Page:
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U.S. stocks fell Wednesday to give back some gains from the previous session, as investors further considered remarks from Federal Reserve Chair Jerome Powell that the central bank was set on using its policies to bring down inflation still running at multi-decade highs.

The S&P 500 fell by more than 1% just after the opening bell. The move reversed gains from the prior session, when the blue-chip index gained 2%. The Dow and Nasdaq each also opened lower by more than 1%.

Investors have been weighing upbeat reports on U.S. economic activity against remarks from Federal Reserve officials that the central bank was set to act aggressively to rein in rising prices. Tuesday’s at least short-lived rally came following a couple of solid reports on U.S. economic activity, showing both consumer spending and manufacturing production were holding up strongly. U.S. retail sales grew at a 0.9% rate in April after a sharply upwardly revised 1.4% monthly rise in March, suggesting consumers were continuing to spend even as consumer prices have climbed at the fastest rate since the 1980s. The latest print on U.S. industrial production also exceeded estimates with a jump of 1.1% last month, or more than double the expected rise.

The reports reflected ongoing resilience in some of the key components of domestic activity and helped at least temporarily assuage concerns that the U.S. economy might be imminently tumbling into a downturn. And a still-strong economic backdrop has given the Federal Reserve more room to raise interest rates and otherwise tighten monetary policy to bring down inflation without fear of deeply disrupting growth in other areas like the labor market.

Fed Chair Powell acknowledged to the Wall Street Journal on Tuesday that while “there could be some pain involved in restoring price stability,” he believed the Fed will be able to “sustain a strong labor market.” Powell also said that there remained “broad support” for two more 50 basis point interest rate hikes at the Fed’s next policy-setting meetings, reiterating his view from the Fed’s last meeting earlier this month.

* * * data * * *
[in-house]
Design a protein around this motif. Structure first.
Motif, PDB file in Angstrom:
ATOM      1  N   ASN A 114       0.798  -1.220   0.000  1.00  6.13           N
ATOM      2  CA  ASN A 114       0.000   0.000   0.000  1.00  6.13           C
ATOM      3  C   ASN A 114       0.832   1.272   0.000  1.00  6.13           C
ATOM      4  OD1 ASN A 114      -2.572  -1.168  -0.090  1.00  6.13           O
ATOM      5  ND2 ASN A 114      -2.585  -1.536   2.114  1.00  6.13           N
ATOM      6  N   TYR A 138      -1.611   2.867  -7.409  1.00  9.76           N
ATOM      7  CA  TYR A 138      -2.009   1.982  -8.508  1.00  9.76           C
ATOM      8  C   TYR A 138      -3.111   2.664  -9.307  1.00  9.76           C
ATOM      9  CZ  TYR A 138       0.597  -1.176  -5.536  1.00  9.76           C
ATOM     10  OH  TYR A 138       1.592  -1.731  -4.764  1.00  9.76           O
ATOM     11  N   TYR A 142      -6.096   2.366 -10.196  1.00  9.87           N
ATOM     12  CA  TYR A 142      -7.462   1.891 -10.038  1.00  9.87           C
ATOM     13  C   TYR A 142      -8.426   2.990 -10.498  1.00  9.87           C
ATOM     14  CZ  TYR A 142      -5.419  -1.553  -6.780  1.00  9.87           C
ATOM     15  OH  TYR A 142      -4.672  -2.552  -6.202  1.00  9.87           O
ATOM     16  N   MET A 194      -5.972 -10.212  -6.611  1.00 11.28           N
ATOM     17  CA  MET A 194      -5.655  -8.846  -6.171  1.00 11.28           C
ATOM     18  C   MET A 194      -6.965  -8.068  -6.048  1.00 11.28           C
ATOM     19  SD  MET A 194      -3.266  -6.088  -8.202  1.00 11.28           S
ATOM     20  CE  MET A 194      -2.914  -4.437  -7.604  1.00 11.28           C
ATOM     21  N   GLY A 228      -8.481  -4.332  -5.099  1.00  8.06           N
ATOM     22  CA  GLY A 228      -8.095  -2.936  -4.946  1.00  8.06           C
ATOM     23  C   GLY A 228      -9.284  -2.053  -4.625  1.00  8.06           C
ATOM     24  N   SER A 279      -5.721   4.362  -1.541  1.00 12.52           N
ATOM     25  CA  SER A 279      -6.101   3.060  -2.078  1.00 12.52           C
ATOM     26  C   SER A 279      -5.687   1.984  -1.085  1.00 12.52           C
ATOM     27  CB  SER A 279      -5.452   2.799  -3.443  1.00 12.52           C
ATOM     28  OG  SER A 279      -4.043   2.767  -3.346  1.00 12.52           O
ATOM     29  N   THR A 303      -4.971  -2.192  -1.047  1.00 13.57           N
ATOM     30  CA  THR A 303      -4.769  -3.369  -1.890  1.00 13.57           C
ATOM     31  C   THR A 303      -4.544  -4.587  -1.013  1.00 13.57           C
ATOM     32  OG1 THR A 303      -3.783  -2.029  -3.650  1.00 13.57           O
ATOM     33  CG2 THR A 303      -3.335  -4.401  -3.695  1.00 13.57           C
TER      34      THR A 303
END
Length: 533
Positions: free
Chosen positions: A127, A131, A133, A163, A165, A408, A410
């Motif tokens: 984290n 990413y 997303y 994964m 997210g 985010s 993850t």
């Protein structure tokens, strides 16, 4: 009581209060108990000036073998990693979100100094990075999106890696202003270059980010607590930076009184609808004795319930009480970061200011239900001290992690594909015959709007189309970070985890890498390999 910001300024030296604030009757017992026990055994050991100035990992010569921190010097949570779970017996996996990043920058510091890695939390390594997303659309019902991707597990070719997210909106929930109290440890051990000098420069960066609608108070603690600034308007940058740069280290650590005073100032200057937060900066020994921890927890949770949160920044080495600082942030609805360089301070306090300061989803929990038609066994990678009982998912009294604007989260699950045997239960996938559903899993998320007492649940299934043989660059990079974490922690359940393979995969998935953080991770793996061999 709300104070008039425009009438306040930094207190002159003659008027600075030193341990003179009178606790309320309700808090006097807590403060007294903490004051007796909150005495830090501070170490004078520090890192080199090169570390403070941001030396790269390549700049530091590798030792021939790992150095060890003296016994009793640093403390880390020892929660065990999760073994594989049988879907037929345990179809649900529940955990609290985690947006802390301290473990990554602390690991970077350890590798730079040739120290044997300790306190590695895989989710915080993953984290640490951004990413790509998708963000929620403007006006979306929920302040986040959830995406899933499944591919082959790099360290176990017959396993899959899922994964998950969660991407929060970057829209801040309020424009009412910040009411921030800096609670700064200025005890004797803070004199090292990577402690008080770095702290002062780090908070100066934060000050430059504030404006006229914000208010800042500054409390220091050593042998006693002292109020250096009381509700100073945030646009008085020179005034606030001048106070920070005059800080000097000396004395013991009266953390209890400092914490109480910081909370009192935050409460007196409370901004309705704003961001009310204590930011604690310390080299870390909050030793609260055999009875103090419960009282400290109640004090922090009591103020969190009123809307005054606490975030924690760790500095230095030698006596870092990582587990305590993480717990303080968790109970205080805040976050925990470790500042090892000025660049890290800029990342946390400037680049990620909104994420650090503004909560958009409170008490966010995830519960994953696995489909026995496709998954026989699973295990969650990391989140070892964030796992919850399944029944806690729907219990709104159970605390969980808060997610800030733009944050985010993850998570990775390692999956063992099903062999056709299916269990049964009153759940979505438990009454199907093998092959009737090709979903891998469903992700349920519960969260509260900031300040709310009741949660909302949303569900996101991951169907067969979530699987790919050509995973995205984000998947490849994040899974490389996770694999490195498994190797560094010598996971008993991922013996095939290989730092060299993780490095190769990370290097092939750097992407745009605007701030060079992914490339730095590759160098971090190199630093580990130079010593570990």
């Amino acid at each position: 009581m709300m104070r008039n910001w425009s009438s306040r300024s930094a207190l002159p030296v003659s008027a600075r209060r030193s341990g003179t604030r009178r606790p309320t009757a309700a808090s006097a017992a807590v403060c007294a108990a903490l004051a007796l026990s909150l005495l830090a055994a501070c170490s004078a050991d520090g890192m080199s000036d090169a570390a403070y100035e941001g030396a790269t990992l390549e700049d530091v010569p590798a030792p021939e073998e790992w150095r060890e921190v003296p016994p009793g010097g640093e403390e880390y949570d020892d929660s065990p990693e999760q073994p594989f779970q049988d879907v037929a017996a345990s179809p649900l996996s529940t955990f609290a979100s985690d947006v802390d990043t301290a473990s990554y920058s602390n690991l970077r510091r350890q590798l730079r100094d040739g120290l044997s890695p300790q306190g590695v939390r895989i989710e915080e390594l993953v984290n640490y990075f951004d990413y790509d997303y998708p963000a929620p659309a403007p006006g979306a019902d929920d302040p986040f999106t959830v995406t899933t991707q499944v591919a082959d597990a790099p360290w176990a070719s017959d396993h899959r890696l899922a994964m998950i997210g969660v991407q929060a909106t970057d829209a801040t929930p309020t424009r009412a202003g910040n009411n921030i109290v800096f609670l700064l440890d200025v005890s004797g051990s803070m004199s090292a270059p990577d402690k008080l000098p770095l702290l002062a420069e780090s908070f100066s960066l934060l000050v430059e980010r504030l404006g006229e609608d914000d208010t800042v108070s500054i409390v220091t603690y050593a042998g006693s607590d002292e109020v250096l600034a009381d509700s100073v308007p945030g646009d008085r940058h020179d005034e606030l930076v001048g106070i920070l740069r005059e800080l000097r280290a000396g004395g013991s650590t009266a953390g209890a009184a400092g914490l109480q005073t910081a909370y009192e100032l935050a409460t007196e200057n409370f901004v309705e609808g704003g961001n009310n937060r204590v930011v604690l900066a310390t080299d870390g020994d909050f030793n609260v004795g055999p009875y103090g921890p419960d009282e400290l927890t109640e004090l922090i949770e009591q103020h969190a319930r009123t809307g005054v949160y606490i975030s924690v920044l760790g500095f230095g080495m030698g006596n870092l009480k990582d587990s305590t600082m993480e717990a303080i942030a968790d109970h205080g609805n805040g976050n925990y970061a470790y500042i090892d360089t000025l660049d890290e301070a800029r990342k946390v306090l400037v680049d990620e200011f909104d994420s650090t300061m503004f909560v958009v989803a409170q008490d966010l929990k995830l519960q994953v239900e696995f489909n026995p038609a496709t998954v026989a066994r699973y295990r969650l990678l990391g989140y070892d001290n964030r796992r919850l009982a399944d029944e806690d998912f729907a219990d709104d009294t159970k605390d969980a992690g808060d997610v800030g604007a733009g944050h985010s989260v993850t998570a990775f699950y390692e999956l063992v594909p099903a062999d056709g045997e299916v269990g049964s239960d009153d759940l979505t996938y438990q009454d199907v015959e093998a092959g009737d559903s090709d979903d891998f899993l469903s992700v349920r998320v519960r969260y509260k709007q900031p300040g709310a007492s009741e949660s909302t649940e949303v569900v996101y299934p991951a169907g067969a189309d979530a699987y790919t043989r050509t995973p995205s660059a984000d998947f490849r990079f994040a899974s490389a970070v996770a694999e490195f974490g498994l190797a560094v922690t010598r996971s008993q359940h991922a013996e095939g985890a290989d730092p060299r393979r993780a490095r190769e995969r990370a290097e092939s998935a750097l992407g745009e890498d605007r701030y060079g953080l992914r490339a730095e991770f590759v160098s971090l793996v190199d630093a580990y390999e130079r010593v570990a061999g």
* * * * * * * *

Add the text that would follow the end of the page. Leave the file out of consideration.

“I don’t think he said anything that caught us off guard … but let’s not forget where we are,” Ryan Detrick, LPL Financial Chief Market Strategist, told Yahoo Finance Live on Tuesday, noting that the S&P 500 has fallen for six consecutive weeks heading into this week. “It hasn’t been down seven weeks in a row for 20 years, so we’re awfully oversold here. Then you come in today and you’ve got industrial production pretty solid, you’ve got retail sales pretty solid. Things aren’t perfect, but we just think so much of the negativity that is priced in … it’s just a little overboard for us, and we think this could very well be an opportunity for some of the longer-term investors here.”

Still, however, concerns over elevated prices, geopolitical concerns in Ukraine and virus-related disruptions in China remain risks to equities. And though consumers have still been spending amid rising inflation, that’s come as many companies have been absorbing increasing labor, raw materials and transportation costs. Walmart (WMT) on Tuesday reported weaker-than-expected quarterly earnings and slashed its profit outlook for the year, citing higher wages and fuel and food costs. Peer big-box retailer Target (TGT) also cut its full-year operating income margin outlook as input and transportation costs remain elevated.

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originally published at Retail - RSV News